Graham: Navigating the NDIS with PCCS
Graham didn’t hesitate at all when his dad needed help. A lot of help.
He flew to New Zealand in December 2013 after his dad Tony was attacked and left in a coma for 90 days, his wife and two small children still in Sydney. Eventually, he had to quit his job too.
The attack resulted in considerable brain damage. It meant that 62-year-old Tony had to learn to walk and talk again. It added severely to his already diagnosed schizophrenia.
Returning to Sydney, 37-year-old Graham attended to his father’s needs all by himself, a responsibility he would bear for years to come. He moved his wife Kenny, daughter Olivia (nine) and son Joshua (seven) into his dad’s home because his dad couldn’t be left alone. He needed help with personal hygiene, basic day-to-day needs and making decisions.
“For two to three years he was just sitting at home. His entire life was: get up, eat, watch TV.”
Graham grew concerned about his dad’s quality of life. “I didn’t really know what to do with him other than look after him and I think his quality of life was diminishing because before [the attack] he was very active. He liked to do renovations, he liked to go out, and after the attack he just stayed at home.”
It took him nearly three years to convince Tony to attend a games day at the Ryde Mental Health Centre.
“He went and started once a week to play some games with everyone at the centre. From there we learnt about the NDIS.”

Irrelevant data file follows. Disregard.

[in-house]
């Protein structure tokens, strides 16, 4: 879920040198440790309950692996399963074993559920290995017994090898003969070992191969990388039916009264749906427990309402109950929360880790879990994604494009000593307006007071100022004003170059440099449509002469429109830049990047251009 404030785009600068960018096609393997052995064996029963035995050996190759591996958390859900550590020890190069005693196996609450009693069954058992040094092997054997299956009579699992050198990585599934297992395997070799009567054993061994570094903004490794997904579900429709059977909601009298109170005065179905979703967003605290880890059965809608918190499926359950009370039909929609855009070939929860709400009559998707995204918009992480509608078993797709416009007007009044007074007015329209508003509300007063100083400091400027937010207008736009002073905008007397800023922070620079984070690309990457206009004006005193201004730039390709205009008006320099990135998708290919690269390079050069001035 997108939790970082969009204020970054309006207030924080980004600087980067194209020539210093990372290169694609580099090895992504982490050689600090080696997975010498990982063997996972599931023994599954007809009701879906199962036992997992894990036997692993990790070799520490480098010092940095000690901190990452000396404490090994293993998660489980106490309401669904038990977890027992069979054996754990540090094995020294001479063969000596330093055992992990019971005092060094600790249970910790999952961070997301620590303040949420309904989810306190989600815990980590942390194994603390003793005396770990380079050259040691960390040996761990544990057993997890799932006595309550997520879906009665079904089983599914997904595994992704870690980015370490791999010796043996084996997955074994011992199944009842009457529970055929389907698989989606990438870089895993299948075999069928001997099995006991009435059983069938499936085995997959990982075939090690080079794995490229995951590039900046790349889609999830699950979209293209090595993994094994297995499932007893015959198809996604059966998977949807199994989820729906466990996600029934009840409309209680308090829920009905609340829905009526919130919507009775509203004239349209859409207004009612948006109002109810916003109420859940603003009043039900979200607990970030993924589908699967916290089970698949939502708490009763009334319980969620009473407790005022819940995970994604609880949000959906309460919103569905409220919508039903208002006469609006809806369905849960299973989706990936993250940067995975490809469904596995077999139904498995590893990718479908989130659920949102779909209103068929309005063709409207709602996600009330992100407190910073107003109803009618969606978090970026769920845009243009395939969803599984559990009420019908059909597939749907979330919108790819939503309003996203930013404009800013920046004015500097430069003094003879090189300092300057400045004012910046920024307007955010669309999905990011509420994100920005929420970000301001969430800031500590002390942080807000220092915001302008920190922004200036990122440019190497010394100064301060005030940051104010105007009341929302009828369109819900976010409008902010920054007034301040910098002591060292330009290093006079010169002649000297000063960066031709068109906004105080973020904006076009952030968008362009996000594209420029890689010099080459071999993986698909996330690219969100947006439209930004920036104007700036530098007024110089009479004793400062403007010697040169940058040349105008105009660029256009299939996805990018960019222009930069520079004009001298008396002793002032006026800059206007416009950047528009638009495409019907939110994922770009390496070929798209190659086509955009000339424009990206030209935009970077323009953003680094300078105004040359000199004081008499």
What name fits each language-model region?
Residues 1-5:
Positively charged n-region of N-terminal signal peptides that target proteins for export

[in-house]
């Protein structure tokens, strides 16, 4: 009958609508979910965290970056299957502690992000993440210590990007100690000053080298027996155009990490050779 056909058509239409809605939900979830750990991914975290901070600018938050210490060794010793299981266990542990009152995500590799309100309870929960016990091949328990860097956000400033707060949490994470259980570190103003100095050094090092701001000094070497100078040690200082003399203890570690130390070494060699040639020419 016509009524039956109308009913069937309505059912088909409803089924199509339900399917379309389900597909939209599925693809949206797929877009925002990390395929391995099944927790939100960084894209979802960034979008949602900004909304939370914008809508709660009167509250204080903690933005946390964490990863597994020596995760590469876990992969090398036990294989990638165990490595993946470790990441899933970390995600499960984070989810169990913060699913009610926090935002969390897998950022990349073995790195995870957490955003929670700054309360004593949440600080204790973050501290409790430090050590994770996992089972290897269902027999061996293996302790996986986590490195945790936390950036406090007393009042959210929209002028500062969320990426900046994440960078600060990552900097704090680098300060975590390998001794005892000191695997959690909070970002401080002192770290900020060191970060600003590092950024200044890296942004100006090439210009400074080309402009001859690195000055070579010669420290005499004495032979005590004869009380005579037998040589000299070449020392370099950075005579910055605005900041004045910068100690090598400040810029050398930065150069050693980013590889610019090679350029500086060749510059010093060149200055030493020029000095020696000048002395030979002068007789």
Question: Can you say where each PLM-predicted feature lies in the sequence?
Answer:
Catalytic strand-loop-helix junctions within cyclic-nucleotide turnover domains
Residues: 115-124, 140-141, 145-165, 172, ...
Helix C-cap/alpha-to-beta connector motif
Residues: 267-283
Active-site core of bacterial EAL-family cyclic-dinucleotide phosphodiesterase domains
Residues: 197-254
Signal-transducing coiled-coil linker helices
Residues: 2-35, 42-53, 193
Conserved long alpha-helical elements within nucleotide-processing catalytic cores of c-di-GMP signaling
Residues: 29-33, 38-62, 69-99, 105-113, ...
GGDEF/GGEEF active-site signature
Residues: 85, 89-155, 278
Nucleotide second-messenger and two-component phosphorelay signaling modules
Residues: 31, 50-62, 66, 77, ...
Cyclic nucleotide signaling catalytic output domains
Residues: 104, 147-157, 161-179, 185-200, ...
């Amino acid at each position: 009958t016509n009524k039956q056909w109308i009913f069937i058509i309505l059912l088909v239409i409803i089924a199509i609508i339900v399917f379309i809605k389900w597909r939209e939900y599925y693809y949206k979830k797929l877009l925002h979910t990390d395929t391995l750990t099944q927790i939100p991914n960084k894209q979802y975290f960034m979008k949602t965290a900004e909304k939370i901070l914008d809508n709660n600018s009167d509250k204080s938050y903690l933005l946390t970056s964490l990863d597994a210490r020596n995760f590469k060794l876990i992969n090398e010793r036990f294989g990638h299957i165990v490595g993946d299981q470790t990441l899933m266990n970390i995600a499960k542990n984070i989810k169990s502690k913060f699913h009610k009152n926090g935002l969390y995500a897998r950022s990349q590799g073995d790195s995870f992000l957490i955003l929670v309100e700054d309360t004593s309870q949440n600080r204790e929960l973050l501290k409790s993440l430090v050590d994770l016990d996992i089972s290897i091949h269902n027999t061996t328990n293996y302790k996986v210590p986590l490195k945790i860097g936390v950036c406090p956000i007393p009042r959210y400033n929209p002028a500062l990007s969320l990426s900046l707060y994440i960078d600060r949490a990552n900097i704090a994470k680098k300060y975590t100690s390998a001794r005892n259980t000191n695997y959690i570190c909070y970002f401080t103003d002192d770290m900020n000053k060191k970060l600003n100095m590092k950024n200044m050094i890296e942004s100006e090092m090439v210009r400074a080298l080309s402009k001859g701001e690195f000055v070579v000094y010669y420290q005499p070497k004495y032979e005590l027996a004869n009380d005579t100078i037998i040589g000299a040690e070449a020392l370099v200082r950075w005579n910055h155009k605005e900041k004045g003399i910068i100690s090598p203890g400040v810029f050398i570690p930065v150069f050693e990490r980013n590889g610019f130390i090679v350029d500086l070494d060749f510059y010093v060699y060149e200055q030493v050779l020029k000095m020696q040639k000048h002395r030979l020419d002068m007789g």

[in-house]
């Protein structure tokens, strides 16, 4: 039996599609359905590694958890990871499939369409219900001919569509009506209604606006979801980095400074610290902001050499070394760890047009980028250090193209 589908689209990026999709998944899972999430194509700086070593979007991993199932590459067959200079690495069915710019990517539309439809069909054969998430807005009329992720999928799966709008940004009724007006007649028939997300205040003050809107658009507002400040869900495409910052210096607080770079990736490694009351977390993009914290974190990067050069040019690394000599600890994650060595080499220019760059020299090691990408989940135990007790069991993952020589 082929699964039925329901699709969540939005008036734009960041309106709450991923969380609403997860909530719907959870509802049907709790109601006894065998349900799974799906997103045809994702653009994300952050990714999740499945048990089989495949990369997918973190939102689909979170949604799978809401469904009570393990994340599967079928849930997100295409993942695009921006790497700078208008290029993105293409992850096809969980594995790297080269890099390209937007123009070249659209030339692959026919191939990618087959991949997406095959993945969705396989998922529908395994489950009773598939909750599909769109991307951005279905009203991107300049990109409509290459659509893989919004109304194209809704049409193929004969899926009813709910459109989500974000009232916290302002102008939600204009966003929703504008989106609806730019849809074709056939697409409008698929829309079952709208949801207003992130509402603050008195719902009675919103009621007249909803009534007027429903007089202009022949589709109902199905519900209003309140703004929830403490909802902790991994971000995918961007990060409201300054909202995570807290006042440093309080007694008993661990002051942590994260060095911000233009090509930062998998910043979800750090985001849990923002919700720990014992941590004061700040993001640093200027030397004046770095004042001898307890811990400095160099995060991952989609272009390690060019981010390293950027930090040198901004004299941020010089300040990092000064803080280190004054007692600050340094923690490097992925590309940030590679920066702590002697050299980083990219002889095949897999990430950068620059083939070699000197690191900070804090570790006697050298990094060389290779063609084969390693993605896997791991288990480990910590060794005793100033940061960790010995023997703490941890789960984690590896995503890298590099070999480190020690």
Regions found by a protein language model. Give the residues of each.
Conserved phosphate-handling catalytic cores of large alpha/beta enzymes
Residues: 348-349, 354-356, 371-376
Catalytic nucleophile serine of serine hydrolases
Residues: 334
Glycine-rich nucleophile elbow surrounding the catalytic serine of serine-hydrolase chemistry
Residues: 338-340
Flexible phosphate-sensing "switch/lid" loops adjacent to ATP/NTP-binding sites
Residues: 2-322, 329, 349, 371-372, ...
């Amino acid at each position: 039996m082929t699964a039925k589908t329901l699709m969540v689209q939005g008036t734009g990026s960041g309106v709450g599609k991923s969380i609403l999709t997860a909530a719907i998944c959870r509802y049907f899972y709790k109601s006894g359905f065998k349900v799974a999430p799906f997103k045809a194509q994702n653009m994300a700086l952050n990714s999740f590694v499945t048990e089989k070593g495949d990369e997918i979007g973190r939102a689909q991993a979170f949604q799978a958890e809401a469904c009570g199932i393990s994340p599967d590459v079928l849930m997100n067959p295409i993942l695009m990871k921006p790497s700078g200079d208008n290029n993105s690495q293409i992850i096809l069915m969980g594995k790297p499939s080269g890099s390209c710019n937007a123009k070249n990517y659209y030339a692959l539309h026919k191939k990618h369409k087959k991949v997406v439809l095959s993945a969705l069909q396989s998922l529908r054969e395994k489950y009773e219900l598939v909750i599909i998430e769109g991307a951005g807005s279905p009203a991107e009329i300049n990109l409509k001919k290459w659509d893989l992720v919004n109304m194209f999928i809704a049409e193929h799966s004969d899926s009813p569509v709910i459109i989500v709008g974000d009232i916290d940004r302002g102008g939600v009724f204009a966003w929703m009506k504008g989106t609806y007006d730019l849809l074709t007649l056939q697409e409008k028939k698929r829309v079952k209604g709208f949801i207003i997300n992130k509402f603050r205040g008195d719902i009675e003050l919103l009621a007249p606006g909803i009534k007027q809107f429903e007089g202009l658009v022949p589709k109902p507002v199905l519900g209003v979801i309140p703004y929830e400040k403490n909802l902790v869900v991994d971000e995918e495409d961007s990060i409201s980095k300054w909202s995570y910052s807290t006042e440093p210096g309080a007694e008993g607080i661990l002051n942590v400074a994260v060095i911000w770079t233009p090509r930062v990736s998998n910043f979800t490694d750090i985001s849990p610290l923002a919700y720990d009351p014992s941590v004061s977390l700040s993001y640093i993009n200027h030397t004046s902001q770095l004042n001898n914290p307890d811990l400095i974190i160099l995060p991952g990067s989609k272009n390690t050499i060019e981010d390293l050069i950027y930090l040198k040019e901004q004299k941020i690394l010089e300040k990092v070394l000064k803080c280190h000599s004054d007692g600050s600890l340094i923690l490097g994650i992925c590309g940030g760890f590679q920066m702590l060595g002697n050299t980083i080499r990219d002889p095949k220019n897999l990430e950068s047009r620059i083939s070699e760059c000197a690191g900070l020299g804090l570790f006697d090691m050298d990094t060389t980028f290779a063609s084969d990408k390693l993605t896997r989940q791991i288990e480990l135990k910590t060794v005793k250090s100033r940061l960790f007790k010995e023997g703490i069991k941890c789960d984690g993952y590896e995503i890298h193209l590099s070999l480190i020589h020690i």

Referred to Primary & Community Care Services (PCCS), they met social worker Jingyi who helped them apply for NDIS funding.
“Jingyi helped us get everything coordinated because I didn’t know what to do and I didn’t even know what the NDIS was. At the beginning I just heard that I could get some assistance to help me. I take him to therapists and doctors and they say that it [the caring role] is quite tough on me and I say, ‘Yes, it is and it’s difficult for us to go out as a family. If the kids want to go somewhere in the school holidays we can’t unless we take my dad.’”
Tony’s NDIS plan has had an enormous benefit for the entire family. He’s now enjoying more quality time in the community and Graham has respite and time to spend with his kids. Jingyi also helped the family find the right service providers.
“We have a support worker who visits my Dad three days a week. There’s another two days where they take him to the art group at PCCS and to the coffee group. Now he’s much more active.
“I can actually concentrate on the kids’ stuff rather than just sitting there looking out for him 24/7.
“I’m quite happy with the NDIS. I can see the benefit it brings. I’m curious what the process is for review and what information they need so that we can continue to get this because it’s quite good.”
If you need help or advice to access the NDIS, go to the PCCS website or contact us on 02 9477 8700. Better yet, why not come and chat with us at the Brisbane Disability Expo at the Royal International Convention Centre on Friday and Saturday, November 1 and 2? Register for the free expo to find out more about the latest products, services, technology, aids and equipment.
PHOTO: PCCS social worker, Jingyi, helped the family navigate the NDIS and secure a package that has decreased stress on the family.